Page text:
Describing the draft e-commerce rules as a perfect set of guidelines for conducting structured and transparent e-commerce business in India, the Confederation of All India Traders (CAIT) has said that the rules if implemented would end the crony capitalism that allegedly exists in the current e-commerce scenario in the country.
The traders’ body has also suggested to come up with a monitoring mechanism to ensure compliance of these regulations by the online majors. In a letter to the Ministry of Consumer Affairs, it has also suggested the penal actions should be taken in case the rules are violated.
CAIT Secretary General Praveen Khandelwal said that the foreign funded e-tailers and some of the prominent industry chambers are giving lame arguments to oppose draft rules.
He noted that it is a “sinister trap” of vested interests of companies duly supported by industry chambers to dislodge the draft rules. However, more than eight crore small businesses of the country are committed to oppose any wrong narrative if anyone tries to build around the draft rules, Khandelwal said.
He added that inclusive growth of e-commerce business in India largely depends on four core fundamentals — transparent operations of e-commerce platforms, easy accessibility and adequate grievance redressal by e-commerce entities, non-discriminatory access of marketplace platforms to all stakeholders of the value-chain, avoidance of conflict of interest between marketplace platforms, sellers and various service providers on the platform.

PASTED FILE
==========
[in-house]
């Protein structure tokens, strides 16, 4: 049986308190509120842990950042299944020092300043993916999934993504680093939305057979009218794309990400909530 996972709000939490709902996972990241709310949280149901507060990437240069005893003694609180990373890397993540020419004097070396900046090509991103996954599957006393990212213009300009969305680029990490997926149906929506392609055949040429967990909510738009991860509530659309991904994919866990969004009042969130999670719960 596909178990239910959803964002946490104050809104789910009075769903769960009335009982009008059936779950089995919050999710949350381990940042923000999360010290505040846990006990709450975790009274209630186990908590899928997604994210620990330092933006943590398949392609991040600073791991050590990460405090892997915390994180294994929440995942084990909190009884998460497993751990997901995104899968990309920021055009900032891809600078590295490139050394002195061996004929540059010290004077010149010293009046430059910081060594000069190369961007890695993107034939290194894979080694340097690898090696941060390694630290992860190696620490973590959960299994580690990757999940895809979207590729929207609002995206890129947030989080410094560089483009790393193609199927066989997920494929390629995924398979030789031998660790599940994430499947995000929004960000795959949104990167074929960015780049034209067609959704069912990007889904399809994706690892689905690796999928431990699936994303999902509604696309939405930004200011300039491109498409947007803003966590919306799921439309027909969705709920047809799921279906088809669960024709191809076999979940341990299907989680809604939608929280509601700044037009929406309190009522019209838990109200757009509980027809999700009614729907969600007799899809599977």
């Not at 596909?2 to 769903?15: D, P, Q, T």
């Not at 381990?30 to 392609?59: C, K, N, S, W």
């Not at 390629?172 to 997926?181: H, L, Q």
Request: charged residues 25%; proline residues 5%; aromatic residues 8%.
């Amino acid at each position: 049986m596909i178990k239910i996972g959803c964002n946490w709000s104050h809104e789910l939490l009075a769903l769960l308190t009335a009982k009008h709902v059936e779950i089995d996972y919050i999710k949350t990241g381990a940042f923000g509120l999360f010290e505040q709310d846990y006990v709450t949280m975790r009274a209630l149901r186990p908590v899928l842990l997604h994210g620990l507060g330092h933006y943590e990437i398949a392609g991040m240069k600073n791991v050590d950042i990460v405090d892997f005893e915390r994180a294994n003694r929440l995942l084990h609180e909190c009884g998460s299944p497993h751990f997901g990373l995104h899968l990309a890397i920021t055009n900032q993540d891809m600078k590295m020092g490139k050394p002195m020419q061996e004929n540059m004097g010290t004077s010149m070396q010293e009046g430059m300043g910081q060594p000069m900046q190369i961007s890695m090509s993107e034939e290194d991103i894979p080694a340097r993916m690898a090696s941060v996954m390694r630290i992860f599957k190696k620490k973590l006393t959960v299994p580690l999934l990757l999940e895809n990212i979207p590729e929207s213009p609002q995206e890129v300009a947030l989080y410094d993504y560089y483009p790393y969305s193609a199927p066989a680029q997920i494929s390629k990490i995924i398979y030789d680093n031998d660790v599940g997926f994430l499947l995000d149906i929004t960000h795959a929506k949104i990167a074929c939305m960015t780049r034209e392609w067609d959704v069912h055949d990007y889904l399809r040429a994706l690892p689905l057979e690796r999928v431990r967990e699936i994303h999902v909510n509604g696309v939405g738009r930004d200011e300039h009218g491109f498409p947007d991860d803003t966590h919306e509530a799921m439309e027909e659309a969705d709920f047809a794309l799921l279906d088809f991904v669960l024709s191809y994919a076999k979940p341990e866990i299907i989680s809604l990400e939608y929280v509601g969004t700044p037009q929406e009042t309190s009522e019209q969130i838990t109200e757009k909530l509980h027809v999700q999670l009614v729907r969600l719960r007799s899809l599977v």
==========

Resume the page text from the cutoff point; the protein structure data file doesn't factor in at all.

The organisation further said that any marketplace having an equity or economic interest in any entity should not be allowed to sell goods on the said marketplace and it should be treated as “affiliated entity”.
In its submission, the CAIT argued that mandatory registration of e-commerce entities conducting business through any e-mode should lay the substantial foundation of a well-defined eco-system and the extent of e-commerce landscape can easily be gauged with the registration process and shall protect consumers from rogue or fraudulent e-commerce companies.
Transparency should be the hallmark of any business activity and every e-commerce marketplace must therefore act in a transparent manner with respect to all stakeholders, namely – the customer, sellers, logistics partners and payment gateways, it said.
Therefore, all sorts of agreement between the platform and sellers registered on the said platform should be disclosed in a transparent manner disclosing all information about the sellers and products to the consumer at the pre-purchase stage, according to the traders’ body.
Further, the search algorithm used by the e-commerce marketplace must be transparently disclosed and displayed to the users so that they can make informed choices.
Among other suggestions, CAIT has said that it must be ensured that consumers can reach out to senior grievance redressal officers of the marketplace entities to resolve their concerns and therefore the provision of appointment of Grievance Officer, Nodal Officer nd Compliance Officer is laudable.